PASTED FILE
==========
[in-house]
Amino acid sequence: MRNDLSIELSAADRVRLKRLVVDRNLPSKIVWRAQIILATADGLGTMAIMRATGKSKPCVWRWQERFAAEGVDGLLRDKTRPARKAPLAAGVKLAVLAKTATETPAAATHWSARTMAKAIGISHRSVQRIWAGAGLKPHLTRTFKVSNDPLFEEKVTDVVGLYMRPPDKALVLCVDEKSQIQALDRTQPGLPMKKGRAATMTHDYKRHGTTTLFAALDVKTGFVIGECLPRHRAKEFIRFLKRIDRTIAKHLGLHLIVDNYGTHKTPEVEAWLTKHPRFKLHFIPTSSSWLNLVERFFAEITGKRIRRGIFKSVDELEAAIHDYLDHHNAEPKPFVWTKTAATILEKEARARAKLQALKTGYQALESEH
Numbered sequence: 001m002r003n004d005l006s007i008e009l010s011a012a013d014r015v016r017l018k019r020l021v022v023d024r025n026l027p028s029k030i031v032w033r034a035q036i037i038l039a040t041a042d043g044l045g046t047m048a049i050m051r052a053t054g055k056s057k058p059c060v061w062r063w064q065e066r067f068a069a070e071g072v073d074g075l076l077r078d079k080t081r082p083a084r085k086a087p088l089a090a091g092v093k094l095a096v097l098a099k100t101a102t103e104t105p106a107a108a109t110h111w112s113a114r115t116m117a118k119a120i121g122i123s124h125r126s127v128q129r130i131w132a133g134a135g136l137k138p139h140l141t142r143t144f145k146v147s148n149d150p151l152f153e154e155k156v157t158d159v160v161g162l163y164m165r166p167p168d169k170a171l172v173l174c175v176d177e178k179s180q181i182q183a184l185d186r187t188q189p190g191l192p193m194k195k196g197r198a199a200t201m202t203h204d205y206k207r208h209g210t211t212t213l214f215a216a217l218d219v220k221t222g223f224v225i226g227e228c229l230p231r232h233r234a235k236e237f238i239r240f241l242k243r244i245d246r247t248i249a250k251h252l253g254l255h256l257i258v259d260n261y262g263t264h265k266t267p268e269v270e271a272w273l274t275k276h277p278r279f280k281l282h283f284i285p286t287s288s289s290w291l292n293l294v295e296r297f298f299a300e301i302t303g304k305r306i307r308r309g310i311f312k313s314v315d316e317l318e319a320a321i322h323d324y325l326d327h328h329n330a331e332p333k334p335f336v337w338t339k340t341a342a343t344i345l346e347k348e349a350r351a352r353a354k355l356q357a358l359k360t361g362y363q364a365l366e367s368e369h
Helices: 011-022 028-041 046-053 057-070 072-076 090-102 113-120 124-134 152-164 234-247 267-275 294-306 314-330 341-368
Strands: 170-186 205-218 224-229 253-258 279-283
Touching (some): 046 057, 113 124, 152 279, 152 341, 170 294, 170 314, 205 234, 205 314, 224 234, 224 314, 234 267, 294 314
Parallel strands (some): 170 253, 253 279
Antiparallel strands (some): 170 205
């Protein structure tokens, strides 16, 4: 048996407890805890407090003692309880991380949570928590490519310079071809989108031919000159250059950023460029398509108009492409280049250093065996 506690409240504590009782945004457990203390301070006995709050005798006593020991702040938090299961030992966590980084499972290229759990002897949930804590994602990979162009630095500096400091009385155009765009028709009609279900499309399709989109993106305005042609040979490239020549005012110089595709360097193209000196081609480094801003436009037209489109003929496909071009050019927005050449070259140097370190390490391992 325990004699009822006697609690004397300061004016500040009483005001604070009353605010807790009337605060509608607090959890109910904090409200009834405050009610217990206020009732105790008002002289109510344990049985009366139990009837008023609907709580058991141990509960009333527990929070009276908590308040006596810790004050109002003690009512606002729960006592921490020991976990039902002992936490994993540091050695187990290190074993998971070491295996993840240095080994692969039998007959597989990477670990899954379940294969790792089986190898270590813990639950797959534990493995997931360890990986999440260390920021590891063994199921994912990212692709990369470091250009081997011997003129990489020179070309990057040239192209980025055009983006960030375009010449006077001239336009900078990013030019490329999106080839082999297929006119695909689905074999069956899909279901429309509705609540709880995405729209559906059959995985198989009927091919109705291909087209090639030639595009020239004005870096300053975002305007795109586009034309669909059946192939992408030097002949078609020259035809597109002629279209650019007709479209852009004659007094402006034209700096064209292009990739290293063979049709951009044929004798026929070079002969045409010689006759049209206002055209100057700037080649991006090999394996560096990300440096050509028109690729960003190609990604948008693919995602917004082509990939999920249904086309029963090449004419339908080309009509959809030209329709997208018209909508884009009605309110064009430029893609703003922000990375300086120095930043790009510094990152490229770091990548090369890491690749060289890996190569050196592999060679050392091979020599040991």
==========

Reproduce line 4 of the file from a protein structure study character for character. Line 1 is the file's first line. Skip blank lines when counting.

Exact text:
Helices: 011-022 028-041 046-053 057-070 072-076 090-102 113-120 124-134 152-164 234-247 267-275 294-306 314-330 341-368